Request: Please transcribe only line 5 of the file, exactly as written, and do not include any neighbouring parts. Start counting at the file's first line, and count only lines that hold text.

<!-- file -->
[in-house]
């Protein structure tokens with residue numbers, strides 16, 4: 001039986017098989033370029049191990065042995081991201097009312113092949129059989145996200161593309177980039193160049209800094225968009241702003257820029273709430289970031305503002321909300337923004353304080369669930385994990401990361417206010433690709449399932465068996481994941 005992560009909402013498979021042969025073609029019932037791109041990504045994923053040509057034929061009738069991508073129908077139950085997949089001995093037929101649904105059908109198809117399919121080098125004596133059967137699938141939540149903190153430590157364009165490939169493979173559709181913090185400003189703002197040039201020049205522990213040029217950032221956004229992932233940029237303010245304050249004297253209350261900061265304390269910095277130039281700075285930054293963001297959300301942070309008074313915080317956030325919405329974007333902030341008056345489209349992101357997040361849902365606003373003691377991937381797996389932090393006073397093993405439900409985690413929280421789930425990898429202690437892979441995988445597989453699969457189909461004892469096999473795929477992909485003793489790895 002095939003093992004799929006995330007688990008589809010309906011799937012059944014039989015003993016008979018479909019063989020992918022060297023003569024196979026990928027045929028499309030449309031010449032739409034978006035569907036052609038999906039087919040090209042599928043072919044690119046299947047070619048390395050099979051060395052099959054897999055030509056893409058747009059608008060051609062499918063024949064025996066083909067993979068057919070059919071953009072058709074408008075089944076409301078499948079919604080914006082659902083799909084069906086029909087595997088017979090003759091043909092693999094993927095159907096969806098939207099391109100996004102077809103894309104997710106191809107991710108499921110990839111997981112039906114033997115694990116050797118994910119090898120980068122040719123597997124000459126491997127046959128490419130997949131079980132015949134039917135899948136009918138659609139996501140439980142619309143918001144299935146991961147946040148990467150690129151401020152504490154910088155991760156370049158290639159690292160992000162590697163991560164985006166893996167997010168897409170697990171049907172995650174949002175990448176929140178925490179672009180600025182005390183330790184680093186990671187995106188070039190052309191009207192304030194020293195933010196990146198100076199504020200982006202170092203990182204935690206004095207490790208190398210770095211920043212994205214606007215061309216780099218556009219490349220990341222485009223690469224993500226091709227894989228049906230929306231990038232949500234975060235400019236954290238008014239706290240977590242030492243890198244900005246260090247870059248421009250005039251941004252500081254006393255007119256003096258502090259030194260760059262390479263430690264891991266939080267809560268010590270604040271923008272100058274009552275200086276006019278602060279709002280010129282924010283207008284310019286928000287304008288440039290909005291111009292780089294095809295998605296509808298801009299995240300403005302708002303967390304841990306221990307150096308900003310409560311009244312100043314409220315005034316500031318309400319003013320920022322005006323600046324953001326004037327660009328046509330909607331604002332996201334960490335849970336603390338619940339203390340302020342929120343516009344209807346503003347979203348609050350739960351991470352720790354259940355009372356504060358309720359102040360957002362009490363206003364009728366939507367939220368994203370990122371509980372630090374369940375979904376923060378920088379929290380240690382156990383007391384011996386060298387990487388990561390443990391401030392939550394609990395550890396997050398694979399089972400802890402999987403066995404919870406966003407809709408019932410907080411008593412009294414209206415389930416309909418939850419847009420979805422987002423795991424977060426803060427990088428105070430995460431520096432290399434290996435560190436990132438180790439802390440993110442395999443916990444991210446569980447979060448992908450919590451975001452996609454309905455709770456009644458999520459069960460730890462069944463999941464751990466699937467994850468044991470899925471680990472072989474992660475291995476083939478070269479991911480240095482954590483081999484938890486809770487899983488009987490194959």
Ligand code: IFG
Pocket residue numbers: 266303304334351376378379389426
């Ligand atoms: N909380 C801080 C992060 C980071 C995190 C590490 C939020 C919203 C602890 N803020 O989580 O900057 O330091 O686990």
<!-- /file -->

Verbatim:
């Ligand atoms: N909380 C801080 C992060 C980071 C995190 C590490 C939020 C919203 C602890 N803020 O989580 O900057 O330091 O686990």